Literary Yard

Search for meaning

By Harrison Abbott

I dreamt about Rosa for the first time. I lay in the dark and I think that was when I first realised I had mixed emotions for her. Or new ones, rather, that unsurfaced from my subconscious. I went back to sleep and tried to forget about the dream. It was risky to desire a client. More than risky. It could ruin me. But I kept thinking about her after I remembered the dream in the morning. I relished our next appointment later that week. I told myself that I simply enjoyed her company because she was such an interesting client. That nothing else magnetised me.

Then she walked into my office and I grew dizzy. She’d put her curly hair up and she wore tights and a skirt. I smiled and invited her to sit. This was bad. Perhaps I should cancel our rapport and tell her not to return. But of course I just sat down in the opposite armchair and awaited Rosa’s monologue.

Rosa had had a bitter childhood and its trauma was still freshly revolving in the present day. Her brain was an explosion of consciousness, a celebration of language and the labyrinth of memory. As she spoke she would dip in and out of time periods and hint at violence and sexual assault and the cruelty of her parents. With such a convoluted frenzy that I stopped trying to make coherent notes out of what she was saying. I only listened. But I was fascinated.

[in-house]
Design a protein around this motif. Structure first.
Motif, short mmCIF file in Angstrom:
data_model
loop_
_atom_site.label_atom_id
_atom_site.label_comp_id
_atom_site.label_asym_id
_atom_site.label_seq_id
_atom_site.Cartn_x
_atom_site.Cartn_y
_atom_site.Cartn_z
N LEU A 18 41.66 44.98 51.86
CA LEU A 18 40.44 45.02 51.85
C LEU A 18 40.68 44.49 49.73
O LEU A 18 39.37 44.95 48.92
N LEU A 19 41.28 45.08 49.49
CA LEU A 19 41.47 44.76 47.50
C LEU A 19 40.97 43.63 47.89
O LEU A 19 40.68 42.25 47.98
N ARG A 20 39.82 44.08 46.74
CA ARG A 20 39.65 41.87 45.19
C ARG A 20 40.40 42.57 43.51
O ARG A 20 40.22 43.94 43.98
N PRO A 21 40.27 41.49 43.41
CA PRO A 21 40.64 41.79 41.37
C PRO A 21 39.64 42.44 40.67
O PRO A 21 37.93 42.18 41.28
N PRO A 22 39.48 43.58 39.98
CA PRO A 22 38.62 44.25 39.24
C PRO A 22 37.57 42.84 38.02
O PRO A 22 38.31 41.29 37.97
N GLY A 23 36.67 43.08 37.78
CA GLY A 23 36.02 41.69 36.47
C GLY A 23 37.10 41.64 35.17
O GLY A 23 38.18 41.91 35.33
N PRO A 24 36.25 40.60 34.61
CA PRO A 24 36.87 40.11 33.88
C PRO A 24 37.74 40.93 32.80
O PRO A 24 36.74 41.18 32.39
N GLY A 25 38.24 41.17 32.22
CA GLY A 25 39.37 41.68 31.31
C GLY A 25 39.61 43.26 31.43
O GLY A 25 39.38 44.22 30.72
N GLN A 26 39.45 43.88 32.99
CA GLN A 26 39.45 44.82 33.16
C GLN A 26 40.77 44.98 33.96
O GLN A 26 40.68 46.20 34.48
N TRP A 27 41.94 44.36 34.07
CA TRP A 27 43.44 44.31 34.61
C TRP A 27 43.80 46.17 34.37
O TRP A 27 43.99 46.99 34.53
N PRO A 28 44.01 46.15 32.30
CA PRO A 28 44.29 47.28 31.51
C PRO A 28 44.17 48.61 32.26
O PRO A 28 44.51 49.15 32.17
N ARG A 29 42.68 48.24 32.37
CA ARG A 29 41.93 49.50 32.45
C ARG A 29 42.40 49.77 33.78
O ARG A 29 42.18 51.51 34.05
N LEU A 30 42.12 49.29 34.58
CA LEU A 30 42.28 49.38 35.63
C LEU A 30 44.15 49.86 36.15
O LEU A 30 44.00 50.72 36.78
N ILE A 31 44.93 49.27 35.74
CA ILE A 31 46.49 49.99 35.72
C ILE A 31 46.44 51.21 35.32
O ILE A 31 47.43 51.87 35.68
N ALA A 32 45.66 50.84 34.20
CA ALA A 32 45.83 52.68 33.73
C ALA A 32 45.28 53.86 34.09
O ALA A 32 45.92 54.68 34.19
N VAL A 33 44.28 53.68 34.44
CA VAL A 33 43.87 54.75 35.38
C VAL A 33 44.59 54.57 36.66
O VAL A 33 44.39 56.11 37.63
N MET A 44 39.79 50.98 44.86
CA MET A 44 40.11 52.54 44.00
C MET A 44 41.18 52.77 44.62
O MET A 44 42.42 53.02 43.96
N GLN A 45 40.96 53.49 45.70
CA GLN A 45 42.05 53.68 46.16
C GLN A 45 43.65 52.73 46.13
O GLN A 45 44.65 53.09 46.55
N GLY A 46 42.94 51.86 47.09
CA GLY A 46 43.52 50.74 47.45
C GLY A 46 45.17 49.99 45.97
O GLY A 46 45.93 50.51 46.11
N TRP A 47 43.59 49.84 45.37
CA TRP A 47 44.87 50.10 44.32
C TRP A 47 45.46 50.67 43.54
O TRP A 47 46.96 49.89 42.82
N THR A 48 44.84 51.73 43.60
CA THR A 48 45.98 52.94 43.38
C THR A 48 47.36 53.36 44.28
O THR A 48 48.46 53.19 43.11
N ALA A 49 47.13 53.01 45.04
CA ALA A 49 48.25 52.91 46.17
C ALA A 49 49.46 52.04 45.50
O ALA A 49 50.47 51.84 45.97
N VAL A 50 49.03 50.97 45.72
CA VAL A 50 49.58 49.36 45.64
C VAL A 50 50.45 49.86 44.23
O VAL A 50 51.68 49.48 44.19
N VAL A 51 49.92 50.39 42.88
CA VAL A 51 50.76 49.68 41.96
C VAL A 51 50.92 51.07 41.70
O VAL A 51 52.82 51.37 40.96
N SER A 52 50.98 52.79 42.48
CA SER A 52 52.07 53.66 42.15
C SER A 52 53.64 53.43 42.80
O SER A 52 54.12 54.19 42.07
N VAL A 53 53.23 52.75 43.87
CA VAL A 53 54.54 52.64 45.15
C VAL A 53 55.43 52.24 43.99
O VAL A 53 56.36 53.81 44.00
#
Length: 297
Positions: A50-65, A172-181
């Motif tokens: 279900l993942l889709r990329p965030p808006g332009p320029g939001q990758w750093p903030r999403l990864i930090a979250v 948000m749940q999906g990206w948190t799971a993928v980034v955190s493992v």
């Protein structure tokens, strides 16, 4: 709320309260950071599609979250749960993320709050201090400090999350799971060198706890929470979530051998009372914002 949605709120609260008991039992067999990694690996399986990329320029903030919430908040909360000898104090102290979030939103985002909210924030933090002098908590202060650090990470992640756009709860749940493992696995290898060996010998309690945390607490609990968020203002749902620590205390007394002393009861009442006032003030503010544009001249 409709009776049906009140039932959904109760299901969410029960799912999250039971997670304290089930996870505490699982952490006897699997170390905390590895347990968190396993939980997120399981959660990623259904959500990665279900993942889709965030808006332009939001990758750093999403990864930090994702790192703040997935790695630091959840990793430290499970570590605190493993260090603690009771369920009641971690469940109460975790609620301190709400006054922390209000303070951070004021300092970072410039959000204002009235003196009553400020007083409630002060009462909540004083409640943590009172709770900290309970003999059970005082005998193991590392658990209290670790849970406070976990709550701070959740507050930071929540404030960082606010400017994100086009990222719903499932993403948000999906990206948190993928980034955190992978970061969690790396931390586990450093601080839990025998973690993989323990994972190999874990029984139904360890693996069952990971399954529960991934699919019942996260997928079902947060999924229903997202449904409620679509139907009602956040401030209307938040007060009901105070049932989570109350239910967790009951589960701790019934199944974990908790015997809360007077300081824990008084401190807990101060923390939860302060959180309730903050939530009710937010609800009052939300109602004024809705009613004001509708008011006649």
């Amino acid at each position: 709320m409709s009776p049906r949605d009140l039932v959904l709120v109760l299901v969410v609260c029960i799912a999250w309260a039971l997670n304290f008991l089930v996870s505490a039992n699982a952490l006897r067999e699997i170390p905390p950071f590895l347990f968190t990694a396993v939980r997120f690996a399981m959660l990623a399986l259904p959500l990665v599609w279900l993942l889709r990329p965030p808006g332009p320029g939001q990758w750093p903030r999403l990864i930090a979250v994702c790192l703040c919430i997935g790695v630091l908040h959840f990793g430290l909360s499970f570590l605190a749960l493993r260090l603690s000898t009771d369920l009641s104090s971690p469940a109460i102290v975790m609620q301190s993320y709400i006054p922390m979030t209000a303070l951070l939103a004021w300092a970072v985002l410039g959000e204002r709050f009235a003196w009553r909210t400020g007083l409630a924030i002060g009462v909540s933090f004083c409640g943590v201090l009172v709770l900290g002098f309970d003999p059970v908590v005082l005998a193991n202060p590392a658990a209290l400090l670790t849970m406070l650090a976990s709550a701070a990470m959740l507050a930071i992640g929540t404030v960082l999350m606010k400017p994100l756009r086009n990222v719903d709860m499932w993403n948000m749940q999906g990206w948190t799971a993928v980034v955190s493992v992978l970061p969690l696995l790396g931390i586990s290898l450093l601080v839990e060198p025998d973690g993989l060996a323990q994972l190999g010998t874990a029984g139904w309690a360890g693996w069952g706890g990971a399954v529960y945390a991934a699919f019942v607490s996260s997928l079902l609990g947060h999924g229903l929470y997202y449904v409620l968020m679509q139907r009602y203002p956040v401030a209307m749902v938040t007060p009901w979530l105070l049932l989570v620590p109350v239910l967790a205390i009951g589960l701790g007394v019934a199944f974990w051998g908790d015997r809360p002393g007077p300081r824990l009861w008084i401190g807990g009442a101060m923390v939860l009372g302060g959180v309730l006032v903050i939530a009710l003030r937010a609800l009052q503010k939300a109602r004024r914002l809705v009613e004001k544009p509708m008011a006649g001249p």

She would often repeat story premises, then veer off and give them new plots and endings. There would be an assault which didn’t actually happen – it was just a dream. But then she dreamed about it so excessively she wasn’t sure whether it did in fact occur and she’d repressed it. She would despise her father and the memories of his raging temper. Then start crying when she narrated how much of an inspirational, creative man he’d been.

She wouldn’t look at me as she spoke. She just delivered the monologue, winding through these houses of shame, despair and mayhem, finding her way through each room whilst narrating her journey. As a psychiatrist with thirty years’ experience, I knew that Rosa was mentally ill. She showed many signs of severe mental illness. And that her condition was so advanced that our therapy sessions would be of little help. Some minds are so damaged that intervention is impossible. But I loved her sessions. She was incredibly bright and had a colossal vocabulary. Her stories would reach the most bizarre climaxes that they went beyond anything I’d heard before in my career. She was the most enduring wreck I’d ever encountered.

And yet she was not a wreck. She was wealthy and successful. She was married to an equally successful man with whom she’d had two kids. There were no issues of substance abuse or suicidal thoughts. Rosa was not a threat to herself or anybody else. She was merely banished from a neurotypical grasp of reality. What I could do was provide umpteen prescriptions of anti-psychotic drugs. There were so many pills that would deaden her erratic mood and disable her memory. Or at least not make these memories so extreme. But I knew that that would evaporate her intelligence. It would numb rather than cure her. And I did not want her cured. I wanted her to remain in my lair.